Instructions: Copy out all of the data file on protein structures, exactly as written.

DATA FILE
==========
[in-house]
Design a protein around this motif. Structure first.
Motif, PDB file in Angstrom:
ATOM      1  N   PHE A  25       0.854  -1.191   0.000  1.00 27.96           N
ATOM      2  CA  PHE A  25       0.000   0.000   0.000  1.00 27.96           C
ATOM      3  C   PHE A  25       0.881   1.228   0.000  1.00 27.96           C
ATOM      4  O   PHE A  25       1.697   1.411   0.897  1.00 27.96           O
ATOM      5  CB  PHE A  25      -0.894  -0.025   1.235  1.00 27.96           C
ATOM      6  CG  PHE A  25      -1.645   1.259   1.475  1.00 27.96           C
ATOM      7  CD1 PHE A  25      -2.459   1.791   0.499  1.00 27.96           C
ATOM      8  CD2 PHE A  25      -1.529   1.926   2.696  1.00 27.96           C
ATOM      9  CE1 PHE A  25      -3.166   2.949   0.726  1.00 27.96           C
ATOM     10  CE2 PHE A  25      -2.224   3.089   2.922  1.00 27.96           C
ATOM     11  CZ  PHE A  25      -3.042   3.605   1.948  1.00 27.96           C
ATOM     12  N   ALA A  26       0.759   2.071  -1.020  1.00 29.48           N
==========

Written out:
[in-house]
Design a protein around this motif. Structure first.
Motif, PDB file in Angstrom:
ATOM      1  N   PHE A  25       0.854  -1.191   0.000  1.00 27.96           N
ATOM      2  CA  PHE A  25       0.000   0.000   0.000  1.00 27.96           C
ATOM      3  C   PHE A  25       0.881   1.228   0.000  1.00 27.96           C
ATOM      4  O   PHE A  25       1.697   1.411   0.897  1.00 27.96           O
ATOM      5  CB  PHE A  25      -0.894  -0.025   1.235  1.00 27.96           C
ATOM      6  CG  PHE A  25      -1.645   1.259   1.475  1.00 27.96           C
ATOM      7  CD1 PHE A  25      -2.459   1.791   0.499  1.00 27.96           C
ATOM      8  CD2 PHE A  25      -1.529   1.926   2.696  1.00 27.96           C
ATOM      9  CE1 PHE A  25      -3.166   2.949   0.726  1.00 27.96           C
ATOM     10  CE2 PHE A  25      -2.224   3.089   2.922  1.00 27.96           C
ATOM     11  CZ  PHE A  25      -3.042   3.605   1.948  1.00 27.96           C
ATOM     12  N   ALA A  26       0.759   2.071  -1.020  1.00 29.48           N